Stock ATMs With Rs 100 Notes, RBI Had Said. Why The Order Fell Short

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Stock ATMs With Rs 100 Notes, RBI Had Said. Why The Order Fell Short

People queuing outside ATMs, banks to swap or exchange the banned Rs 500, 1,000 notes


New Delhi: 

Highlights

  1. Rs 100 notes in short supply, adding to cash crunch
  2. RBI had reportedly asked banks to set up ATMs with only Rs 100 notes
  3. But that was limited to one ATM per district, says SBI chief to NDTV

Days before Prime Minister Narendra Modi stunned with his announcement banning Rs 500 and 1,000 notes, the Reserve Bank of India had ordered banks to set up ATMs that would only dispense Rs 100 notes, reports news agency IANS.

"How many banks complied with this directive is not known," it said.

However, Arundhati Bhattacharya, who heads the State Bank of India, which is the country's largest lender, told NDTV,  that  "the instruction from the RBI was only in respect of one ATM  per district... (so) one ATM per district was configured with only 100-rupee notes."

Since the old notes were declared invalid for transaction - a reform praised for its crackdown on black money - India has been waiting in line for the new currency (Rs 500 and Rs 2,000 notes).  ATMs, which were meant to be operational on Thursday, are being reset to dispense the new notes, said Finance Minister Arun Jaitley on Saturday, adding that it could take three weeks for all cash machines to serve as needed.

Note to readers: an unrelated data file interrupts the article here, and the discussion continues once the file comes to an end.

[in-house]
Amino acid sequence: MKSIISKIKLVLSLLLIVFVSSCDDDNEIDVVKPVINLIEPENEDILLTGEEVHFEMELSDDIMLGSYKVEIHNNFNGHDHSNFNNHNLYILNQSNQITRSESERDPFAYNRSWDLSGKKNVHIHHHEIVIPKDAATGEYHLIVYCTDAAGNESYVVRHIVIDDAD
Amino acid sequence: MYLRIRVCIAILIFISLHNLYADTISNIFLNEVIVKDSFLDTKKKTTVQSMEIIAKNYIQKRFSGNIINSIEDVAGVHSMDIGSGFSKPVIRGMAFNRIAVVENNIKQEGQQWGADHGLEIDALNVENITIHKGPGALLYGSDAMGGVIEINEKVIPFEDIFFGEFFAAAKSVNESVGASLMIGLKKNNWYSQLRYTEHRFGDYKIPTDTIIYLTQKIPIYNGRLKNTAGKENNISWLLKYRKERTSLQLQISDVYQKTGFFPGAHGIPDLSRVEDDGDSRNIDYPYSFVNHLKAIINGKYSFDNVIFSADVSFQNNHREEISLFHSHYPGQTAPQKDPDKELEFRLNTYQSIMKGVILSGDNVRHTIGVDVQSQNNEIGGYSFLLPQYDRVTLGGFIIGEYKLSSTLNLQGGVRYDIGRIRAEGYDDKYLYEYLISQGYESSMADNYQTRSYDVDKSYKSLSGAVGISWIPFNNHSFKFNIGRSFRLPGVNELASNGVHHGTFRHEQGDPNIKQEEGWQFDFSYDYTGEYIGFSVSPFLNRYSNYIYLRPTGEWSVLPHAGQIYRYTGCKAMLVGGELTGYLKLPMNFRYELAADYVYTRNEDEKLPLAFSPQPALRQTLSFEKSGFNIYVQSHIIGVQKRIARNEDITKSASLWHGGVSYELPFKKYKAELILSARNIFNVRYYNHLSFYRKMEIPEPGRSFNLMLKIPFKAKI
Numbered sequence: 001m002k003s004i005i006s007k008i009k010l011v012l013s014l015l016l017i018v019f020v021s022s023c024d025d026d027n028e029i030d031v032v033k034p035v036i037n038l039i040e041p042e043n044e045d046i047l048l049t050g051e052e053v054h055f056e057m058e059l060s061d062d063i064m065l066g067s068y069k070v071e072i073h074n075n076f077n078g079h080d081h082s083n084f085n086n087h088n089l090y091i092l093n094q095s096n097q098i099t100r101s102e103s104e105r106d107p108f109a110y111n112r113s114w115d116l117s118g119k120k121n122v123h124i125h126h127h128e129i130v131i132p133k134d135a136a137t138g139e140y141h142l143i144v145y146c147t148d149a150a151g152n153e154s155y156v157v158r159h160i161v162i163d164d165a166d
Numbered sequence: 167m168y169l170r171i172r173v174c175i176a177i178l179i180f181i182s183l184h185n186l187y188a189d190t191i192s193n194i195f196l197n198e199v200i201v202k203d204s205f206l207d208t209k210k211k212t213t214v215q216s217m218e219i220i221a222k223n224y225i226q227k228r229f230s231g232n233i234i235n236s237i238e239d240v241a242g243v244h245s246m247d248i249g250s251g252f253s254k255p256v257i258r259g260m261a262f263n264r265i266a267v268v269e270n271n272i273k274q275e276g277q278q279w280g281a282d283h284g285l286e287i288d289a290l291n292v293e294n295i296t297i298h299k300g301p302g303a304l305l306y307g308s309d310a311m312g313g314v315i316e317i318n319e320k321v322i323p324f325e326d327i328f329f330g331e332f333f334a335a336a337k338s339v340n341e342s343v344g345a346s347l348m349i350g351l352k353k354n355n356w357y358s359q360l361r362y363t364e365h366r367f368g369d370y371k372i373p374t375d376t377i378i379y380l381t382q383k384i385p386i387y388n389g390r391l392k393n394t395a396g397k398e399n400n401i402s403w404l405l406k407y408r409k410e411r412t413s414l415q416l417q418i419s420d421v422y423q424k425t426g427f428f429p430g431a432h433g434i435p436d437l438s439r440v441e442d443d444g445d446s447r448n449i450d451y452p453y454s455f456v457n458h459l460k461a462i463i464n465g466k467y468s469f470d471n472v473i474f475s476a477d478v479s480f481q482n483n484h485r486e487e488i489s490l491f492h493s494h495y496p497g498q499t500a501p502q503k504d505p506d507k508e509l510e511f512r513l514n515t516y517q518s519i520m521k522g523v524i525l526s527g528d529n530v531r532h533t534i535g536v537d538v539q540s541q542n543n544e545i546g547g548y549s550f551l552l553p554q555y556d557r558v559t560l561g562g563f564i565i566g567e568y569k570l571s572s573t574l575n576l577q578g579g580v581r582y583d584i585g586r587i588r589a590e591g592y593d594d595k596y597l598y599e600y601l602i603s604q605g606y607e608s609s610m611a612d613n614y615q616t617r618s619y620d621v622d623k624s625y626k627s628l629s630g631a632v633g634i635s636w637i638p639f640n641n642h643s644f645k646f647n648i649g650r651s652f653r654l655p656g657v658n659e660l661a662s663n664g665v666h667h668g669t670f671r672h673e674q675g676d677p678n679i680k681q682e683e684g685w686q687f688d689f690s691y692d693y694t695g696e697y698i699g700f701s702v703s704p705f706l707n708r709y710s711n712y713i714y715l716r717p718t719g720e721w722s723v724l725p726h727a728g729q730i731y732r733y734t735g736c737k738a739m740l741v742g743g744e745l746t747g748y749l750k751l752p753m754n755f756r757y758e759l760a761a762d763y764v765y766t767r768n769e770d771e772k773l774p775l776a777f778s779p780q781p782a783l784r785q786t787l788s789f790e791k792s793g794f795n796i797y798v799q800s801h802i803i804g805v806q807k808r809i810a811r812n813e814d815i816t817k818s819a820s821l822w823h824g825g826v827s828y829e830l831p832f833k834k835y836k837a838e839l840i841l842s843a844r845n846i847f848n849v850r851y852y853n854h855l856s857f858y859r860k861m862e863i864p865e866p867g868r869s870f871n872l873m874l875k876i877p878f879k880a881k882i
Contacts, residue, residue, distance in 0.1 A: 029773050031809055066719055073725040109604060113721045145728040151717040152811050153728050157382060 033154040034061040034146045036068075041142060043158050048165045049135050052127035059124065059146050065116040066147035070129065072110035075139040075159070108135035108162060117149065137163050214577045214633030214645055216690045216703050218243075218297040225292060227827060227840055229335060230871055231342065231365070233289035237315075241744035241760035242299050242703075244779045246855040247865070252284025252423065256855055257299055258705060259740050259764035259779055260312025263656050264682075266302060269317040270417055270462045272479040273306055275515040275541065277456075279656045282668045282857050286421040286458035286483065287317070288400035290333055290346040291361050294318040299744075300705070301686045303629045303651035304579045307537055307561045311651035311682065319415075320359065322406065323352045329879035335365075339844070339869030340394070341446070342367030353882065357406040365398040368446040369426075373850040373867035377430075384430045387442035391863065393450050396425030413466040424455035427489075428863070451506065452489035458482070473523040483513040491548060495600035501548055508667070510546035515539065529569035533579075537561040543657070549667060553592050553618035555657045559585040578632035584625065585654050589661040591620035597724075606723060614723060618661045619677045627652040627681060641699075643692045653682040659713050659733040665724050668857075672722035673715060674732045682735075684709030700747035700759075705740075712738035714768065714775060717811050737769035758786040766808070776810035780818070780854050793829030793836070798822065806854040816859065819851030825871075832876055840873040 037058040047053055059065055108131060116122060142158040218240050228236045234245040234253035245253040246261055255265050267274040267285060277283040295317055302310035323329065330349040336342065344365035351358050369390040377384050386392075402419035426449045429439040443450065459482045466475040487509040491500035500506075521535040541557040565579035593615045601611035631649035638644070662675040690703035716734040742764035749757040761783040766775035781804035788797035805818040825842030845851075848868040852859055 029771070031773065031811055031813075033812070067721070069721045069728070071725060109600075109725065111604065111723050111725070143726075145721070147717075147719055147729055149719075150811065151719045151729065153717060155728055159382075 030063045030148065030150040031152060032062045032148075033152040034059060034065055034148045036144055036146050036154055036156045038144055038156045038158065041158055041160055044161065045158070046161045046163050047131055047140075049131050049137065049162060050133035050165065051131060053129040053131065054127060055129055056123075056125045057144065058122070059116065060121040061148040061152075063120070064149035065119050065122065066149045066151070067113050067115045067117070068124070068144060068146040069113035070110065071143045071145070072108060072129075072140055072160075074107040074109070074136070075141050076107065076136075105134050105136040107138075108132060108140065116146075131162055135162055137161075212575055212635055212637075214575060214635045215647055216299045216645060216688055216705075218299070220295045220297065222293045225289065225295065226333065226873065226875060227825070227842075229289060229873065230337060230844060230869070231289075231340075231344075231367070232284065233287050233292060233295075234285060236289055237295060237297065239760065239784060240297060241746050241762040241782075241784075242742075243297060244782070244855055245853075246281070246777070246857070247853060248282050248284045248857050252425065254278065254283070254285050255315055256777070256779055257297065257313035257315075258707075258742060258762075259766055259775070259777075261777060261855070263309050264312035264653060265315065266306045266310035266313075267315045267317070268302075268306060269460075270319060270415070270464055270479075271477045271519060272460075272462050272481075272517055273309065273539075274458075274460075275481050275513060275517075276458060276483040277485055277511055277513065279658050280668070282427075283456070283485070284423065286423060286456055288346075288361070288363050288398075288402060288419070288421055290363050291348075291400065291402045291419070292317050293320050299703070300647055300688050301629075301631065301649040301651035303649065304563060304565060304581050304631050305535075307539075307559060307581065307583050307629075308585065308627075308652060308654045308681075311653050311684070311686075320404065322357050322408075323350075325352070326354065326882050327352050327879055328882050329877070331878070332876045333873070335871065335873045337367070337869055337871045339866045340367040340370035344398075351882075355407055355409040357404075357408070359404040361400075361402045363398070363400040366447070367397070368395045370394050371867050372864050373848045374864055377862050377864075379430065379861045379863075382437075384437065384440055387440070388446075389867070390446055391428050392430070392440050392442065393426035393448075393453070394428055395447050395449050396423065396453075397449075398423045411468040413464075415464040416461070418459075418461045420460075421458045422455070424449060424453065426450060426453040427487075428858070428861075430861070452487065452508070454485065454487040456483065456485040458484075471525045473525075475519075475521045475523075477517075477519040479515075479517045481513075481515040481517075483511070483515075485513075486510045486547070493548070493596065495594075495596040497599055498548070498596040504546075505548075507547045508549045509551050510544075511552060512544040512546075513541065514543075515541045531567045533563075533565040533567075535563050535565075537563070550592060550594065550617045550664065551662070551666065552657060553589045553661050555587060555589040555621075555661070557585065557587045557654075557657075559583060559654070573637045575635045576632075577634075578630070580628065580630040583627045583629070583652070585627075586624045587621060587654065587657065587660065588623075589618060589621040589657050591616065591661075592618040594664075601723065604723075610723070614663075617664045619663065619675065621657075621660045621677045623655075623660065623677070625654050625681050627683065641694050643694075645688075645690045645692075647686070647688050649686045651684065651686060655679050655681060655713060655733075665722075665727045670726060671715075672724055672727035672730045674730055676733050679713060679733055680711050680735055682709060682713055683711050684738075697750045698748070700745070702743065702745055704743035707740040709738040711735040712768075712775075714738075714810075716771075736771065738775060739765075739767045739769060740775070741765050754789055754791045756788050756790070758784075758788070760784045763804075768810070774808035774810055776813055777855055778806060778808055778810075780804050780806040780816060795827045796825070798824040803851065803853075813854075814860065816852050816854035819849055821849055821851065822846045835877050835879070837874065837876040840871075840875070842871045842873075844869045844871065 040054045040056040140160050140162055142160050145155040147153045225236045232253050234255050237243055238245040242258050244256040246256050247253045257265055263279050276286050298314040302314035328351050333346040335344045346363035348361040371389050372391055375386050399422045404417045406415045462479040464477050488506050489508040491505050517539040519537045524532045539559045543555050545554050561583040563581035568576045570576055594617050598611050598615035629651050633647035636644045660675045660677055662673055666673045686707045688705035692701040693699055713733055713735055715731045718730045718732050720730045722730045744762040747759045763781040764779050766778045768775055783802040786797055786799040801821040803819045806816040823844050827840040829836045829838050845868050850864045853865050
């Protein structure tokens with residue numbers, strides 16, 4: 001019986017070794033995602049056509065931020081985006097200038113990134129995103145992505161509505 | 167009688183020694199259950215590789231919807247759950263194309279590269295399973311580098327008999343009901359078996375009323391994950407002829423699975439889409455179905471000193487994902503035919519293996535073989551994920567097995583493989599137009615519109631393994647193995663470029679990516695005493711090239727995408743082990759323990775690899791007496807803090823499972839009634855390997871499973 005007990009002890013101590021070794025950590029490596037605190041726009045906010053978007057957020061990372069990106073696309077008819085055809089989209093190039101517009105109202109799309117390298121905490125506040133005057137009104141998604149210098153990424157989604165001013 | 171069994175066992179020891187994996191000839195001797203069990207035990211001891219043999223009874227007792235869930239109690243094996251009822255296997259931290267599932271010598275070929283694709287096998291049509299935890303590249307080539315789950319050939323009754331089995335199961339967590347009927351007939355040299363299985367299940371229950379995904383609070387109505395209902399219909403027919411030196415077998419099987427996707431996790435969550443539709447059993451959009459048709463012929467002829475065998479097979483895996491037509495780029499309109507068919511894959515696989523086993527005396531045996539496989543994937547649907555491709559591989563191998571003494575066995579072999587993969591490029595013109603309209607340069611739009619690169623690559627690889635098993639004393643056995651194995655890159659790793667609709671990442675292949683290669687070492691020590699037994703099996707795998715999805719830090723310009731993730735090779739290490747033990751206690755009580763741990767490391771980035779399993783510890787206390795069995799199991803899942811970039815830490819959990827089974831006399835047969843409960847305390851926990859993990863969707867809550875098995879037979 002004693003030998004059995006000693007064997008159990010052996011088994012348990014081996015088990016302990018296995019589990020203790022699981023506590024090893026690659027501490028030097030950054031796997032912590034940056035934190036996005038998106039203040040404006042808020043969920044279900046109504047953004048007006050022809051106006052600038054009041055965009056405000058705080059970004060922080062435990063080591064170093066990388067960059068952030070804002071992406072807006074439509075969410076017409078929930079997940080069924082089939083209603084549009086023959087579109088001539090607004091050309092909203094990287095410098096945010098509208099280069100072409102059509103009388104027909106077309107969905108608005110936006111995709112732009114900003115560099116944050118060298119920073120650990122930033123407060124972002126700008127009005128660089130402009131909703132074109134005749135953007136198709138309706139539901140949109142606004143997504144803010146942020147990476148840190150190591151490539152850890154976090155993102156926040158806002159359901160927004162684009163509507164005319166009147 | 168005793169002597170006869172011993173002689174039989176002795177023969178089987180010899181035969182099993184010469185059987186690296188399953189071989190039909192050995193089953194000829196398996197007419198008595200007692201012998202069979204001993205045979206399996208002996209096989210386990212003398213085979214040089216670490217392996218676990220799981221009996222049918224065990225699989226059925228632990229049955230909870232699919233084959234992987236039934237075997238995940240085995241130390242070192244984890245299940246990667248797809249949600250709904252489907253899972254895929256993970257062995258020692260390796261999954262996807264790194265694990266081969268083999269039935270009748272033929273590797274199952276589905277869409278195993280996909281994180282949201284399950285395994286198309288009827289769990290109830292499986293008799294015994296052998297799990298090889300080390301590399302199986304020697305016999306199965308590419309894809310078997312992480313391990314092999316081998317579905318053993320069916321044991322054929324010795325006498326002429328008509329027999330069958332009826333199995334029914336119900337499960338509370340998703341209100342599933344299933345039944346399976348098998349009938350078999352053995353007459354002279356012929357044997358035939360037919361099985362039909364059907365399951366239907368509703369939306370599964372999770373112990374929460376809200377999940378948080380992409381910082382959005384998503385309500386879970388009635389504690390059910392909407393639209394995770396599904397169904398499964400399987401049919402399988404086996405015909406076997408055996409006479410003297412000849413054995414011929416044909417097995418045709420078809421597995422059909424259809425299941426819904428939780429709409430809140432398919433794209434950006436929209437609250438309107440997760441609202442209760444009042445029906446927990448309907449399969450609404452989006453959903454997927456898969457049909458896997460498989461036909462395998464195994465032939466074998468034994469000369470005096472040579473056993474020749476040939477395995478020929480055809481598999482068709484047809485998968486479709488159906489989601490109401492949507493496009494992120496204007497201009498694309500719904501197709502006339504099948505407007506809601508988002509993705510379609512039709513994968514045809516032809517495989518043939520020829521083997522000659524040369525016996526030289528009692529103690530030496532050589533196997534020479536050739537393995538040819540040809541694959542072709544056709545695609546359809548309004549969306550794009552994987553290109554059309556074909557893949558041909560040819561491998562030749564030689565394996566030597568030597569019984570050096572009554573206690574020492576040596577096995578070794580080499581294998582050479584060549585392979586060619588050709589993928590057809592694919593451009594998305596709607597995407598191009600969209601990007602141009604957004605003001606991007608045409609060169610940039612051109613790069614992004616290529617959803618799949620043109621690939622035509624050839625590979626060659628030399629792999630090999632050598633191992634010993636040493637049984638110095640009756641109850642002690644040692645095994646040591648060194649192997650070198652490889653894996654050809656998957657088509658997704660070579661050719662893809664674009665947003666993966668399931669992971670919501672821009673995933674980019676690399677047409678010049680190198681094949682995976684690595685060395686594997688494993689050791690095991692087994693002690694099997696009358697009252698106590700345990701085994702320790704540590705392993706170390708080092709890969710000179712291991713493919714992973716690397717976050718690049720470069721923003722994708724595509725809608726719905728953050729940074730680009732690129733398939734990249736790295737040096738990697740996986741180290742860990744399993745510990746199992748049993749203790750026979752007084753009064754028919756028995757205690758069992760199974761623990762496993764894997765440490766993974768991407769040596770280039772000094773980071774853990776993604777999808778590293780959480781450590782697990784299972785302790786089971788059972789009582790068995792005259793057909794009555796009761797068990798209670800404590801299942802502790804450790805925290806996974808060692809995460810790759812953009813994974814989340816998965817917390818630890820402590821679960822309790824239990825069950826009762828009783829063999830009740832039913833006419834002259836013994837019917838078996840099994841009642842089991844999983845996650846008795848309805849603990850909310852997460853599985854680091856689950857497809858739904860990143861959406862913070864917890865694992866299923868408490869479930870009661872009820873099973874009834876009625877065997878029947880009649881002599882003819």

The ATMS that are working are quickly running dry. For now, Rs 2,500 can be withdrawn per card per day from working ATM machines, but Rs 100 notes are in tremendously short supply, as are the new notes. Since Rs 100 notes have not been refurbished, experts have argued that they should have been readily available to compensate for the limited availability of the new ones. Without enough Rs 100 notes, it's also hard for shopkeepers to give back change to customers paying with the new Rs 500 and 2,000 notes.

"The technology takes about two-three weeks to recalibrate. The central switch needs to be changed and each machine needs to be altered individually, about 200,000 machines," Mr Jaitley said. "And because the size of the new notes is different, the machines are being recalibrated slowly." He said ATMs could not have been reconfigured ahead of time as it would have given "the whole game away".

In its circular issued on November 2, six days before the old notes were pulled from circulation, the Reserve Bank of India ordered: "In keeping with the objectives of Clean Note Policy and to ensure that genuine requirement of members of public for Rs 100 denomination bank notes are met, the banks should increase dispensation of Rs 100 bank notes through ATMs."

Stating that to start with, 10 per cent of the ATMs in the country would be recalibrated, the RBI said that "as the process involved in configuring the requisite number of machines is not complex, the banks are required to complete the exercise within 15 days".

The RBI had also in May this year tried to incentivise banks to set up ATMs which dispensed only Rs 100 notes. In a circular on May 5, the central bank promised to pay 50 per cent of the cost of such ATMs.

For now, old bills can be exchanged for limited amounts of the new notes; they can also be deposited until December 30 in banks, but customers will face major scrutiny by tax authorities if they cannot account for a sudden swell in their balance.

Analysts have  broadly welcomed the decision, saying consumer spending would likely dip in the short term as the new notes made their way into circulation but that the move would boost GDP in the long term.



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